30 years—It doesn’t seem so long.
30 years of earnest endeavor to build up and grow through honest merchandising. And we, like Topsy, “have growed”. As the- years rolled by, three generations of Orange and Ulster County citizens—fathers, sons and grandsons have been added to our list of well pleased and satisfied customers.
It’s a long list—If your name isn’t there we’d be pleased to have it.
An honest dollar’s worth of merchandise for your dollar; new styles as fast as the designers turn them out; every garment backed by our absolute guarantee of your satisfaction.
That is our everyday slogan and it’s good any day.
Boys’ suits $3.50 and up.
Men’s suits $12.00 and up.
Fur coats $16.00 and up.
The Evening News
March 31, 1984
The First Presbyterian Church here was the first church in New York State to be illuminated by electricity.
“The inspection of the electric light in Newburgh by Thomas A. Edison and others, including prominent gentlemen from New York, Poughkeepsie, and Norfolk, Va.,” is detailed in account in the Daily Journal, dated April 25, 1884.
One of the sites inspected was the church at South and Grand Street, now Calvary Presbyterian Church.
The century-old report came to light as the Historical Society of Newburgh Bay and the Highlands and Central Hudson cosponsored the centennial of the first electricity in Newburgh.
The newspaper listed the visitors, a veritable who’s who of the business and financial leaders of the era. They arrived at 6 p. m., according to the report.
Understanding the electric station in Newburgh was a model one, they wanted a close look. The Poughkeepsie contingent was considering organization of a company there to adopt electric light.
The lights were turned on and they were praised by the visitors as very fine and brilliant.
The century old account continues: “Mr. Edison remained at the electric building, to converse with Mr. T.C. Conant, the electrician in charge, and other gentlemen.
“Mr. Edison, the great inventor, is a gentleman of ordinary appearance. He dresses in plain black, and wears a square-crown black hat. He is an incessant smoker, and during the animated conversations that he had while here a fragrant Havana contributed toward making him at ease.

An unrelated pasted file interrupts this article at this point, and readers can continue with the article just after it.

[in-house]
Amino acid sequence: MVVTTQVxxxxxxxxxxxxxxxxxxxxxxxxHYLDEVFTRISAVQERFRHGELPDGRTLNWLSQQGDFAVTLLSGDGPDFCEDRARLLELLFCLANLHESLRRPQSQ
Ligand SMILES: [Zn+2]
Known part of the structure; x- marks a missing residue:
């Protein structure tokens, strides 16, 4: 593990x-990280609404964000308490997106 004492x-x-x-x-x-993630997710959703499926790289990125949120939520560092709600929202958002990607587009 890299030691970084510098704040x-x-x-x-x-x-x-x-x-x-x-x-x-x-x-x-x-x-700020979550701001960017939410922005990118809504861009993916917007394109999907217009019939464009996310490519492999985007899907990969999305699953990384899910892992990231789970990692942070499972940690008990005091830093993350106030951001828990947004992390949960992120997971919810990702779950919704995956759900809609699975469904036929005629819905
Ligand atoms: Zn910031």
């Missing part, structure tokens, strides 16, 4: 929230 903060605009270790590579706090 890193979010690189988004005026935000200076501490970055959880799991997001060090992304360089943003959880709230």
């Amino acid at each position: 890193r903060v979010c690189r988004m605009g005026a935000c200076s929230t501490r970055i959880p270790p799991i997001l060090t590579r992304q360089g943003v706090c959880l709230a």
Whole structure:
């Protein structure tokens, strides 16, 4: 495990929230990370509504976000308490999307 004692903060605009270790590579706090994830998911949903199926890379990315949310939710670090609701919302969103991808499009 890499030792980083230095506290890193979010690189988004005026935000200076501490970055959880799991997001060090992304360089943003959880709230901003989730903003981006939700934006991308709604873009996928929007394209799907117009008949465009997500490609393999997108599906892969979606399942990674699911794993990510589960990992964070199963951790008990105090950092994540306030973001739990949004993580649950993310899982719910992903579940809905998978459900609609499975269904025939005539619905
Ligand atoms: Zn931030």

“He is a ready conversationalist and when in conversation his countenance is illuminated, and a glance at in convinces the ordinary observer that he is a man of great brain power.”
“That he understands the working of electricity thoroughly goes without saying. He was very highly pleased with his visit, and complimented the gentlemen attached to the station here for the thoroughness of their work. He did not suggest improvements in its conduct, as the requirements had been well met. Other gentlemen spoke very favorably of the workings of the electric light, of its great merit, and the complete manner in which it was controlled and managed.”
The unidentified reporter carefully listed details which remain interesting 100 years later. He concluded:
“The visitors returned to the United States Hotel after their tour of inspection, held a brief conversation among themselves and a few Newburgh gentlemen, with whom they were acquainted, and then took the $.10 boat for Fishkill, the two parties separating at that place, and returning to their respective destinations, New York and Poughkeepsie.”
The Rev. Carlos Lantis, current pastor of Calvary Presbyterian Church, researched the material and church secretary Betty Schoonmaker typed the information from a microfilmed copy to submit the material to the Evening News – helping to recall references of Newburgh and the historic edifice.
NEW LEASE ON LIFE – The North Plank Road Tavern bas been around more than 100 years and may see another century. The owners, Thomas and Lucie Costa, have applied for the building to be listed on the National Historic Register. Photo by Jean Yanarella